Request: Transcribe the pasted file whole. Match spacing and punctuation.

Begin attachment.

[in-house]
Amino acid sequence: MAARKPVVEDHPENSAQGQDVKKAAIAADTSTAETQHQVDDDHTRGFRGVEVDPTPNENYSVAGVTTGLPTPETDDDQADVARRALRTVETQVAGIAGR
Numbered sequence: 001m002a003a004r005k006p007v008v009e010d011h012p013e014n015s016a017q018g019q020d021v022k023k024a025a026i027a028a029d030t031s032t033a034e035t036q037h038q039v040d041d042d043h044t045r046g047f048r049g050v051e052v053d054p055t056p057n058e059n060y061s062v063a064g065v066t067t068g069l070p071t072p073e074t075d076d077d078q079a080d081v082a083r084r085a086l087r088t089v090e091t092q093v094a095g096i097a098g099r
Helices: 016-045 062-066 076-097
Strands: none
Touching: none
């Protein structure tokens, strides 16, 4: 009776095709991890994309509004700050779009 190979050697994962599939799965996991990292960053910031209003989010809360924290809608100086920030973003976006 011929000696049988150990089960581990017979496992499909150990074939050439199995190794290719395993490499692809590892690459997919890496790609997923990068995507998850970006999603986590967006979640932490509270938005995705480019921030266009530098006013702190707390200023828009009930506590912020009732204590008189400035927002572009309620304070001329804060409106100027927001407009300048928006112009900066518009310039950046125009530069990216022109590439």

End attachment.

[in-house]
Amino acid sequence: MAARKPVVEDHPENSAQGQDVKKAAIAADTSTAETQHQVDDDHTRGFRGVEVDPTPNENYSVAGVTTGLPTPETDDDQADVARRALRTVETQVAGIAGR
Numbered sequence: 001m002a003a004r005k006p007v008v009e010d011h012p013e014n015s016a017q018g019q020d021v022k023k024a025a026i027a028a029d030t031s032t033a034e035t036q037h038q039v040d041d042d043h044t045r046g047f048r049g050v051e052v053d054p055t056p057n058e059n060y061s062v063a064g065v066t067t068g069l070p071t072p073e074t075d076d077d078q079a080d081v082a083r084r085a086l087r088t089v090e091t092q093v094a095g096i097a098g099r
Helices: 016-045 062-066 076-097
Strands: none
Touching: none
């Protein structure tokens, strides 16, 4: 009776095709991890994309509004700050779009 190979050697994962599939799965996991990292960053910031209003989010809360924290809608100086920030973003976006 011929000696049988150990089960581990017979496992499909150990074939050439199995190794290719395993490499692809590892690459997919890496790609997923990068995507998850970006999603986590967006979640932490509270938005995705480019921030266009530098006013702190707390200023828009009930506590912020009732204590008189400035927002572009309620304070001329804060409106100027927001407009300048928006112009900066518009310039950046125009530069990216022109590439």